• social and educational policy and their disparate impact across racial groups
  • human service organizations

Raul E. Ybarra, PhD, University of Illinois, Chicago

  • language, literature, and rhetoric
  • professional writing in public
  • community service

Program Description

The Master of Science in Transnational, Cultural, and Community Studies (TCCS) responds to the dramatic changes in the nature of population movements across the world and their profound impact on the experience and meaning of culture, community, identity, citizenship and other relations between individuals and societies in both the sending and receiving nation-states. The TCCS program directs itself to preparing high-level professionals and scholars with a deep understanding of the historical and contemporary processes of migration/immigration and other population movements and their effects on the migrant as well as both their sending and receiving societies. The program addresses the particular experiences of both historical and new racial/ethnic groups in the U.S. including Native Americans, African Americans, Latinos/as, Asian Americans and new immigrant groups from Latin America, Africa, Asia, and the Middle East (also known as West Asia), thus inviting comparative perspectives.

A Transdisciplinary Perspective

Our students seek to work with these populations in the U.S. or abroad in roles as researchers, service providers, community planners, policy analysts and advocates, or staff in organizations and agencies, be it community-based, governmental, or non-governmental. The complexity of the questions posed by immigration, racial and ethnic disparities, uneven power relations, and the need to interact proactively and effectively with individuals, communities and societies affected by these phenomena call for analyses that often go beyond the scope of individual disciplines.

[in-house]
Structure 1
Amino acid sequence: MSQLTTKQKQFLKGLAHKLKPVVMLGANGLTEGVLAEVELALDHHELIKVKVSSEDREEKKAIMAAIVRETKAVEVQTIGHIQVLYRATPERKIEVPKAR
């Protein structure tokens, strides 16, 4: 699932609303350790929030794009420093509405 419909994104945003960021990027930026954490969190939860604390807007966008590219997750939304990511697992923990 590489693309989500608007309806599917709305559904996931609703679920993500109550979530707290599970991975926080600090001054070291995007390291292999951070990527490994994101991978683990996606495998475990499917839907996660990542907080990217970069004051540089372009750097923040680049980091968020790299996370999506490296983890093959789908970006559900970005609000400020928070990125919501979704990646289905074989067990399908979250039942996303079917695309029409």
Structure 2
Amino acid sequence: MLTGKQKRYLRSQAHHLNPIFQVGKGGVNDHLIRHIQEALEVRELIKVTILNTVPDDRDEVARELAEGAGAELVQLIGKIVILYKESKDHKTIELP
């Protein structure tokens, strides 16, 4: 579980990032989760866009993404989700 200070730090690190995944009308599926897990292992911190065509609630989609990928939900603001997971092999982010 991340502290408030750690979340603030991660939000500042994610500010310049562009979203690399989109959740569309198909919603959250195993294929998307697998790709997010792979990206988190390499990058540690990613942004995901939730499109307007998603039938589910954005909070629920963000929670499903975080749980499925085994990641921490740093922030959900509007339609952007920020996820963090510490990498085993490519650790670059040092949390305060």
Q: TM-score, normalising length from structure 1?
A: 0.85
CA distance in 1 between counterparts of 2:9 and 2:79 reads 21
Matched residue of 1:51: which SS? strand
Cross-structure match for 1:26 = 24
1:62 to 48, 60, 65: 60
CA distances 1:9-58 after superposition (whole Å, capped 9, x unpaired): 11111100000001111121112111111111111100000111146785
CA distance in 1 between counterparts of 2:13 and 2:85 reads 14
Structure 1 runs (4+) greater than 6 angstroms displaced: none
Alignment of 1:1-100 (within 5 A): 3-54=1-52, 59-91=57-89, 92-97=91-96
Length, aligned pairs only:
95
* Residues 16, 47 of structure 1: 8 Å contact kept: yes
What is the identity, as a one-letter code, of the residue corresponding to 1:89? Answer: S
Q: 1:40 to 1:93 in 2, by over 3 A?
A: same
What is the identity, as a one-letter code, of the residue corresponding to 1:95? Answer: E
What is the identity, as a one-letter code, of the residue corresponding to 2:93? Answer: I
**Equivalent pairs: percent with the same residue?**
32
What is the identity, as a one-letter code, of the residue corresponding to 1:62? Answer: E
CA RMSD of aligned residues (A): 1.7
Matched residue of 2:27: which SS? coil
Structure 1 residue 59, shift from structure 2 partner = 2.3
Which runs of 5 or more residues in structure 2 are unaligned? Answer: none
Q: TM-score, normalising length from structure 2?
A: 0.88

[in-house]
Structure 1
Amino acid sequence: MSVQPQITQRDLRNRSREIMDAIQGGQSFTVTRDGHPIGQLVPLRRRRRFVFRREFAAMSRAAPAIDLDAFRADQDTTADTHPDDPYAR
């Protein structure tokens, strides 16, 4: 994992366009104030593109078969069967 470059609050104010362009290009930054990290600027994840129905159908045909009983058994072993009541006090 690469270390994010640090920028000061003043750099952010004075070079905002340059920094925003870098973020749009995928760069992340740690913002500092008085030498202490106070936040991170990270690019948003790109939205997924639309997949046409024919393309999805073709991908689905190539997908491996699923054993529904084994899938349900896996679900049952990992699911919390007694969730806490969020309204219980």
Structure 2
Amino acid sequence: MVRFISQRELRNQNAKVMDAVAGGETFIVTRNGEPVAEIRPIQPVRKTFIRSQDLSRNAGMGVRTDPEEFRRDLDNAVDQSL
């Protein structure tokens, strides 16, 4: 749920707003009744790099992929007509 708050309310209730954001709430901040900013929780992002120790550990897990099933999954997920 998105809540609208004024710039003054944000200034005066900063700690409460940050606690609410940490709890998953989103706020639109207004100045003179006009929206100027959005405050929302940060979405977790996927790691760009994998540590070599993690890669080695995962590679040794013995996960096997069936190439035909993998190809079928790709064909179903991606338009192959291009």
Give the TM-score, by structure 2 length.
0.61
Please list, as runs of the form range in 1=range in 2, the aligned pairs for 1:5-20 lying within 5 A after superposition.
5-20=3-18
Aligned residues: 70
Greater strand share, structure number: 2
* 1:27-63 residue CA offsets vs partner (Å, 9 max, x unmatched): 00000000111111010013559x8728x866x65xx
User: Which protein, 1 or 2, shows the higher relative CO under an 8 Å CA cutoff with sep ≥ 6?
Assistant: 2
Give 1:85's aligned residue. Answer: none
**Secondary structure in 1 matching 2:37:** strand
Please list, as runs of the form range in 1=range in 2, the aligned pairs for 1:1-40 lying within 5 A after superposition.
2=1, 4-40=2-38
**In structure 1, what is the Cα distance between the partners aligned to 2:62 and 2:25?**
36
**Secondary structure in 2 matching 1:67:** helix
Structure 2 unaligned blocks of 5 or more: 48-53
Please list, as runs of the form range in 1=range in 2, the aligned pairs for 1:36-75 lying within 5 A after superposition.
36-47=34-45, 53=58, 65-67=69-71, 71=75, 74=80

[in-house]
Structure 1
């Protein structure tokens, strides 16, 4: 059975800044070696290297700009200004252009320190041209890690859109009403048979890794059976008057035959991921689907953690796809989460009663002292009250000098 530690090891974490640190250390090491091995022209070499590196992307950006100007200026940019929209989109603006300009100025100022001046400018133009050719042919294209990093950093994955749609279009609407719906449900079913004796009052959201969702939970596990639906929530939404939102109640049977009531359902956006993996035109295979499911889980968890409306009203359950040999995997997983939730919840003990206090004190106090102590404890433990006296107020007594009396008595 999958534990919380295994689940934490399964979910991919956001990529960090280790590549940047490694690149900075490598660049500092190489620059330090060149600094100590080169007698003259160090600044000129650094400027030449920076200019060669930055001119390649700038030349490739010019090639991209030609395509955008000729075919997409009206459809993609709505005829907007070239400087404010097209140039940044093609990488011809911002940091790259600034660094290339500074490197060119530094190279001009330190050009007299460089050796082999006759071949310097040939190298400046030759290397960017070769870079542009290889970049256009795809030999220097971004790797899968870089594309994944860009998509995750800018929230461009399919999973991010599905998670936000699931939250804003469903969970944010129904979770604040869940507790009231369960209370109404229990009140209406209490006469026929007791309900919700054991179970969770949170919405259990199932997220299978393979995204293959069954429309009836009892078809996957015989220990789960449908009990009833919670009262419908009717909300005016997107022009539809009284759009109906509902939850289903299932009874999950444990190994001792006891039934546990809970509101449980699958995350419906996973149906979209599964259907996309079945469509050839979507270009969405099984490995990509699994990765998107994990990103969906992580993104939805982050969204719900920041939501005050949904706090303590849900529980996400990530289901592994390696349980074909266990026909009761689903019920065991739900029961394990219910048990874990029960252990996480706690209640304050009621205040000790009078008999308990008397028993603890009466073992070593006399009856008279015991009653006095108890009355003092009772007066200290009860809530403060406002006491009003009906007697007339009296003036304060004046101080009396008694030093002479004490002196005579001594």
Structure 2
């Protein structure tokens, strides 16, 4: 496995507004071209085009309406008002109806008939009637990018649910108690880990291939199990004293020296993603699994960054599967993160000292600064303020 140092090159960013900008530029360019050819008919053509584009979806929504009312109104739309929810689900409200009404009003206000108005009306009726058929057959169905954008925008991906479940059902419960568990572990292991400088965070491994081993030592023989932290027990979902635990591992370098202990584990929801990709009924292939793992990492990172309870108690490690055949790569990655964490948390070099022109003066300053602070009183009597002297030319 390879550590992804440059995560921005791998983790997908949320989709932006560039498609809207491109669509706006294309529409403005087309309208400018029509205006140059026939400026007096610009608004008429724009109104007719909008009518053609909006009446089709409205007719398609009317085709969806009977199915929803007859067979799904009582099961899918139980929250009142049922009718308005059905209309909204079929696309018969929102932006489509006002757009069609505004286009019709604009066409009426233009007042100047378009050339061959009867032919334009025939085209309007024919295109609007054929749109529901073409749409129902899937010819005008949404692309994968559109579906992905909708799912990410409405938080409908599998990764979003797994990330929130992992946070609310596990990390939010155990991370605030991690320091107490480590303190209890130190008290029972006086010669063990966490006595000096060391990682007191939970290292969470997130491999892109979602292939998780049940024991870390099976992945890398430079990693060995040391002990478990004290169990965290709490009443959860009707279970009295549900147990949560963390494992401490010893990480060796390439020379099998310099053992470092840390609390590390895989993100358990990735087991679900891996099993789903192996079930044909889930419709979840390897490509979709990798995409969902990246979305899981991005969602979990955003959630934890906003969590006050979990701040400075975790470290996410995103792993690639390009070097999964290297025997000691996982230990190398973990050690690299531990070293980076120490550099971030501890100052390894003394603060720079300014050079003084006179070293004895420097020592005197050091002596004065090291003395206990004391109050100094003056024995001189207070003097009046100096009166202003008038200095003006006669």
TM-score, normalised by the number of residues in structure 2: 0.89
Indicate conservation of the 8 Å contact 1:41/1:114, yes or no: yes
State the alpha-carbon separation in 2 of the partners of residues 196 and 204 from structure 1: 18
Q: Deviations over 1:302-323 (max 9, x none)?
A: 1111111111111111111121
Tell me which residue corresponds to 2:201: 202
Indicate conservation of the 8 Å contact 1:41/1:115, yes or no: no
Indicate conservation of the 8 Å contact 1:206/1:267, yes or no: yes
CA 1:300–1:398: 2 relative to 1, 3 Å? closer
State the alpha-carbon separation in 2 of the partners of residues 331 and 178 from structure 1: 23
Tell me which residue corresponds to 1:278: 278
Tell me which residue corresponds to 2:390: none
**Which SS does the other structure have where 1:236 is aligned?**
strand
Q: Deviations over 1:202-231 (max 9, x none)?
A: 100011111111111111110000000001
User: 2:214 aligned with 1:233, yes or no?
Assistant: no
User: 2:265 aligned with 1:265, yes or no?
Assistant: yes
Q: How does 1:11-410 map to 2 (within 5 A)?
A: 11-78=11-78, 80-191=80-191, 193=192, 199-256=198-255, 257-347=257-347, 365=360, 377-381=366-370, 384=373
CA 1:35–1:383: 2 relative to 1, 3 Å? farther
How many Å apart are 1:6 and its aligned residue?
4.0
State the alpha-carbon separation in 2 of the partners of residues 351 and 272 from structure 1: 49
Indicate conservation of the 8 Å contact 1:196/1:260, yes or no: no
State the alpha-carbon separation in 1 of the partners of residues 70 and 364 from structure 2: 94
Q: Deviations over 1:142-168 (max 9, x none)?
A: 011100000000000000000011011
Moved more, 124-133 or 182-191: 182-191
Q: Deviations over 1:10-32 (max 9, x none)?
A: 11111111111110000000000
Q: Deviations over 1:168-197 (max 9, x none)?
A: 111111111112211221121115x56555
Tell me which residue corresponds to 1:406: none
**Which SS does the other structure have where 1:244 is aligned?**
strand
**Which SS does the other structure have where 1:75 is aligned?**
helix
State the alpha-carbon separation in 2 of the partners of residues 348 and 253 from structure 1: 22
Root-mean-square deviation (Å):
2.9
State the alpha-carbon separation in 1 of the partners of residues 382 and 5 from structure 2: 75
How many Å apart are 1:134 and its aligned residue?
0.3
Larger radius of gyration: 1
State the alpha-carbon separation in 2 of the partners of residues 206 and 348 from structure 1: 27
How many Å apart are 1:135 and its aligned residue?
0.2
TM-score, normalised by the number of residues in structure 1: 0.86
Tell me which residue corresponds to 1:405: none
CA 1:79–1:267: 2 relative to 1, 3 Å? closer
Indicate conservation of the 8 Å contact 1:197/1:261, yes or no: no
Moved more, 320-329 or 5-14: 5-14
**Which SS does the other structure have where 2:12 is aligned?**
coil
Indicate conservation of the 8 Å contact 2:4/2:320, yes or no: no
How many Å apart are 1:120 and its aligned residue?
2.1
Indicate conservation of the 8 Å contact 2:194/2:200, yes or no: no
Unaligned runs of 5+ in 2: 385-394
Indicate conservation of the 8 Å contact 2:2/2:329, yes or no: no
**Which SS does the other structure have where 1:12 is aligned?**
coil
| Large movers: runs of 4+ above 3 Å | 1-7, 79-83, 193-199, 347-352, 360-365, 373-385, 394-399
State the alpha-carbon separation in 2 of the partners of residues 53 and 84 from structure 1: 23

The TCCS program approaches these questions from a transdisciplinary perspective providing a coherent approach that incorporates critical/comparative views on inequality, and partners with community members to create knowledge and take action.

Program Goals

The program will impact the following specific knowledge and skills:

  • Understanding the process of migration, entry and adaptation of contemporary transnational immigrant groups necessary for:
  • planning and development of culturally competent services for these groups;
  • appropriate advocacy for policies and political rights for these groups;
  • involvement in sustainable, responsible growth and development of local programs, transnational projects, and private enterprises; and
  • supporting the empowerment of these groups to act on their own behalf.
  • Understanding of how identity, culture, and representation contribute to the transnational adaptation of individuals and groups and to the development of vibrant transnational communities.
  • Understanding of the processes of community formation and development necessary to act in support of the development of healthy immigrant communities. Specifically, students at the master’s level will learn to conduct community assessments using a transdisciplinary methodological approach.
  • Expert grasp of the processes and methods necessary for working across disciplinary and cultural boundaries to engage effectively in teams working on community-engaged projects.
  • Specific skills in areas such as program evaluation, survey research, human services, dispute resolution, and other areas offering certificates and/or concentrations.